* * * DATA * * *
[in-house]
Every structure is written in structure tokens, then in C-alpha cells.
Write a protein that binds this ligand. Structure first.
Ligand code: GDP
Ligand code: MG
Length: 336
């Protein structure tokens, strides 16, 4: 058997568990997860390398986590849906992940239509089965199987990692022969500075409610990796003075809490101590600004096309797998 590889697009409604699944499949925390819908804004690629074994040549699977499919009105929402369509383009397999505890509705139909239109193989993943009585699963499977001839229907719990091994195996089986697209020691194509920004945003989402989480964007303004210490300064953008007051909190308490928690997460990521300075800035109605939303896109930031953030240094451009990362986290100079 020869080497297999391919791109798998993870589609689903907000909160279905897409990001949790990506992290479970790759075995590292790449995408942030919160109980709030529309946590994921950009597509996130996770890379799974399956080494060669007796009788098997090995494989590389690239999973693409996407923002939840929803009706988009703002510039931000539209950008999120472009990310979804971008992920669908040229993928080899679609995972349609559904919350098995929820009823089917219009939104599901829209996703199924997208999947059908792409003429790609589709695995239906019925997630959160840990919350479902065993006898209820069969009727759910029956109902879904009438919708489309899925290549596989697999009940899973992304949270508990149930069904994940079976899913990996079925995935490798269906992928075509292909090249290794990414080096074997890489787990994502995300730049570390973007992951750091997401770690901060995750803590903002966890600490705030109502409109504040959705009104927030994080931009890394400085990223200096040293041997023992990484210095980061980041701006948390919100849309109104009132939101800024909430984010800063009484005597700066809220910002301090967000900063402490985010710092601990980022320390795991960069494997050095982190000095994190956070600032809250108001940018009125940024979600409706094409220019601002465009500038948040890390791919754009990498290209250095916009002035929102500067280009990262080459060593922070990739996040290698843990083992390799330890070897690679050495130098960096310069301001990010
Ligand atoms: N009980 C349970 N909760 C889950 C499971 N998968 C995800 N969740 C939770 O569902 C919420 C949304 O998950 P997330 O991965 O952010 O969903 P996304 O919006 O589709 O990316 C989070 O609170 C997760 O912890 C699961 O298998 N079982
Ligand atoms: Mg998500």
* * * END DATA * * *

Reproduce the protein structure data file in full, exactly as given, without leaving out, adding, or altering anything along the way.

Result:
[in-house]
Every structure is written in structure tokens, then in C-alpha cells.
Write a protein that binds this ligand. Structure first.
Ligand code: GDP
Ligand code: MG
Length: 336
């Protein structure tokens, strides 16, 4: 058997568990997860390398986590849906992940239509089965199987990692022969500075409610990796003075809490101590600004096309797998 590889697009409604699944499949925390819908804004690629074994040549699977499919009105929402369509383009397999505890509705139909239109193989993943009585699963499977001839229907719990091994195996089986697209020691194509920004945003989402989480964007303004210490300064953008007051909190308490928690997460990521300075800035109605939303896109930031953030240094451009990362986290100079 020869080497297999391919791109798998993870589609689903907000909160279905897409990001949790990506992290479970790759075995590292790449995408942030919160109980709030529309946590994921950009597509996130996770890379799974399956080494060669007796009788098997090995494989590389690239999973693409996407923002939840929803009706988009703002510039931000539209950008999120472009990310979804971008992920669908040229993928080899679609995972349609559904919350098995929820009823089917219009939104599901829209996703199924997208999947059908792409003429790609589709695995239906019925997630959160840990919350479902065993006898209820069969009727759910029956109902879904009438919708489309899925290549596989697999009940899973992304949270508990149930069904994940079976899913990996079925995935490798269906992928075509292909090249290794990414080096074997890489787990994502995300730049570390973007992951750091997401770690901060995750803590903002966890600490705030109502409109504040959705009104927030994080931009890394400085990223200096040293041997023992990484210095980061980041701006948390919100849309109104009132939101800024909430984010800063009484005597700066809220910002301090967000900063402490985010710092601990980022320390795991960069494997050095982190000095994190956070600032809250108001940018009125940024979600409706094409220019601002465009500038948040890390791919754009990498290209250095916009002035929102500067280009990262080459060593922070990739996040290698843990083992390799330890070897690679050495130098960096310069301001990010
Ligand atoms: N009980 C349970 N909760 C889950 C499971 N998968 C995800 N969740 C939770 O569902 C919420 C949304 O998950 P997330 O991965 O952010 O969903 P996304 O919006 O589709 O990316 C989070 O609170 C997760 O912890 C699961 O298998 N079982
Ligand atoms: Mg998500």